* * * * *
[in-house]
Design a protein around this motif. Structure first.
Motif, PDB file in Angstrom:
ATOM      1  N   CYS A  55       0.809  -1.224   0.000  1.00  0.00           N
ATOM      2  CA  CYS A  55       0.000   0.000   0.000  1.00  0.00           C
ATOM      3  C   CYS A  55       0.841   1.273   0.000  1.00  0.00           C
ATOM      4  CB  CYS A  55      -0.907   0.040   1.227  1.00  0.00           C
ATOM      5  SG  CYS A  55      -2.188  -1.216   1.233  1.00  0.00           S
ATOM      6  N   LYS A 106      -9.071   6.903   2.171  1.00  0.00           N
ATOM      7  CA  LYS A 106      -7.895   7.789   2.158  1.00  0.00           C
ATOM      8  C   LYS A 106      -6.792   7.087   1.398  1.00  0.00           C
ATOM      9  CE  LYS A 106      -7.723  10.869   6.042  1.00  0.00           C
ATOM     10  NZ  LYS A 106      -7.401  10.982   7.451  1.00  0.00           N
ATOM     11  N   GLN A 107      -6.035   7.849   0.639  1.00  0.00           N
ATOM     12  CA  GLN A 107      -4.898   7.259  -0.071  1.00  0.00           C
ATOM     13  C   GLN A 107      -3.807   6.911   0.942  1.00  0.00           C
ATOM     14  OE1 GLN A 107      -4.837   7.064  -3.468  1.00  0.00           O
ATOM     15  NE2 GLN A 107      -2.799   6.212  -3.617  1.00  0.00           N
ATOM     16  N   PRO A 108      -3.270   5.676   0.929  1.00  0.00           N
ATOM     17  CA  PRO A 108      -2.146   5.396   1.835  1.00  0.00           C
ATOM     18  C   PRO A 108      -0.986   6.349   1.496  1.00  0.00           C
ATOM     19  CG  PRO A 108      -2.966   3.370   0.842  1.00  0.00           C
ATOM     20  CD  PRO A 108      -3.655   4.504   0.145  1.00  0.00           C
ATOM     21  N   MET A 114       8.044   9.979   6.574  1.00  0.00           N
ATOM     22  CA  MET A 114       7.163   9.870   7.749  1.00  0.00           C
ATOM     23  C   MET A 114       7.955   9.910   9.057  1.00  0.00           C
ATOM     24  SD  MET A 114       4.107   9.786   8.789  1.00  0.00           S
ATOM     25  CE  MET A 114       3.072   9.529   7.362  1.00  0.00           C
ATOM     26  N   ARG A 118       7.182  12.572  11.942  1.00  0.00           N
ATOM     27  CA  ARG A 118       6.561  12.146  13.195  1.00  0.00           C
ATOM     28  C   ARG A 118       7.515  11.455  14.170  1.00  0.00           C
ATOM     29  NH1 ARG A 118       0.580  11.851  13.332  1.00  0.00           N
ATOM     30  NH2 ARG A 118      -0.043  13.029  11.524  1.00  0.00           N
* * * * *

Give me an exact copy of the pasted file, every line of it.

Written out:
[in-house]
Design a protein around this motif. Structure first.
Motif, PDB file in Angstrom:
ATOM      1  N   CYS A  55       0.809  -1.224   0.000  1.00  0.00           N
ATOM      2  CA  CYS A  55       0.000   0.000   0.000  1.00  0.00           C
ATOM      3  C   CYS A  55       0.841   1.273   0.000  1.00  0.00           C
ATOM      4  CB  CYS A  55      -0.907   0.040   1.227  1.00  0.00           C
ATOM      5  SG  CYS A  55      -2.188  -1.216   1.233  1.00  0.00           S
ATOM      6  N   LYS A 106      -9.071   6.903   2.171  1.00  0.00           N
ATOM      7  CA  LYS A 106      -7.895   7.789   2.158  1.00  0.00           C
ATOM      8  C   LYS A 106      -6.792   7.087   1.398  1.00  0.00           C
ATOM      9  CE  LYS A 106      -7.723  10.869   6.042  1.00  0.00           C
ATOM     10  NZ  LYS A 106      -7.401  10.982   7.451  1.00  0.00           N
ATOM     11  N   GLN A 107      -6.035   7.849   0.639  1.00  0.00           N
ATOM     12  CA  GLN A 107      -4.898   7.259  -0.071  1.00  0.00           C
ATOM     13  C   GLN A 107      -3.807   6.911   0.942  1.00  0.00           C
ATOM     14  OE1 GLN A 107      -4.837   7.064  -3.468  1.00  0.00           O
ATOM     15  NE2 GLN A 107      -2.799   6.212  -3.617  1.00  0.00           N
ATOM     16  N   PRO A 108      -3.270   5.676   0.929  1.00  0.00           N
ATOM     17  CA  PRO A 108      -2.146   5.396   1.835  1.00  0.00           C
ATOM     18  C   PRO A 108      -0.986   6.349   1.496  1.00  0.00           C
ATOM     19  CG  PRO A 108      -2.966   3.370   0.842  1.00  0.00           C
ATOM     20  CD  PRO A 108      -3.655   4.504   0.145  1.00  0.00           C
ATOM     21  N   MET A 114       8.044   9.979   6.574  1.00  0.00           N
ATOM     22  CA  MET A 114       7.163   9.870   7.749  1.00  0.00           C
ATOM     23  C   MET A 114       7.955   9.910   9.057  1.00  0.00           C
ATOM     24  SD  MET A 114       4.107   9.786   8.789  1.00  0.00           S
ATOM     25  CE  MET A 114       3.072   9.529   7.362  1.00  0.00           C
ATOM     26  N   ARG A 118       7.182  12.572  11.942  1.00  0.00           N
ATOM     27  CA  ARG A 118       6.561  12.146  13.195  1.00  0.00           C
ATOM     28  C   ARG A 118       7.515  11.455  14.170  1.00  0.00           C
ATOM     29  NH1 ARG A 118       0.580  11.851  13.332  1.00  0.00           N
ATOM     30  NH2 ARG A 118      -0.043  13.029  11.524  1.00  0.00           N